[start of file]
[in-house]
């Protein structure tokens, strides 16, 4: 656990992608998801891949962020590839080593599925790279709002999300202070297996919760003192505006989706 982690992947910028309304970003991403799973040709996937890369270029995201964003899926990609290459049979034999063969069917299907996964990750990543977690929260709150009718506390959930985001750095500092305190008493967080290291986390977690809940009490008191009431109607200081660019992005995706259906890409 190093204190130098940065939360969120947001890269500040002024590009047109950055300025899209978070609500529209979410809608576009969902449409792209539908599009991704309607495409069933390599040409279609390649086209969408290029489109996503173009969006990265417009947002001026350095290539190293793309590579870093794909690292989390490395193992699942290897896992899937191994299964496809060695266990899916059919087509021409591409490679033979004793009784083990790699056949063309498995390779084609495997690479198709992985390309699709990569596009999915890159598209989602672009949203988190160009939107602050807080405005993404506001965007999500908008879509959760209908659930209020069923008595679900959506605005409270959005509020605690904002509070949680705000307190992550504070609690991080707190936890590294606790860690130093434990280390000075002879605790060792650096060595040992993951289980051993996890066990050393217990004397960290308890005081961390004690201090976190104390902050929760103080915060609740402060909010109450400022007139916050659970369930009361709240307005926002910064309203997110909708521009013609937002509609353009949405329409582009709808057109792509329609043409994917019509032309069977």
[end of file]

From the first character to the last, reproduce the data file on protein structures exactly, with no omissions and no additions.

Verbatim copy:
[in-house]
């Protein structure tokens, strides 16, 4: 656990992608998801891949962020590839080593599925790279709002999300202070297996919760003192505006989706 982690992947910028309304970003991403799973040709996937890369270029995201964003899926990609290459049979034999063969069917299907996964990750990543977690929260709150009718506390959930985001750095500092305190008493967080290291986390977690809940009490008191009431109607200081660019992005995706259906890409 190093204190130098940065939360969120947001890269500040002024590009047109950055300025899209978070609500529209979410809608576009969902449409792209539908599009991704309607495409069933390599040409279609390649086209969408290029489109996503173009969006990265417009947002001026350095290539190293793309590579870093794909690292989390490395193992699942290897896992899937191994299964496809060695266990899916059919087509021409591409490679033979004793009784083990790699056949063309498995390779084609495997690479198709992985390309699709990569596009999915890159598209989602672009949203988190160009939107602050807080405005993404506001965007999500908008879509959760209908659930209020069923008595679900959506605005409270959005509020605690904002509070949680705000307190992550504070609690991080707190936890590294606790860690130093434990280390000075002879605790060792650096060595040992993951289980051993996890066990050393217990004397960290308890005081961390004690201090976190104390902050929760103080915060609740402060909010109450400022007139916050659970369930009361709240307005926002910064309203997110909708521009013609937002509609353009949405329409582009709808057109792509329609043409994917019509032309069977």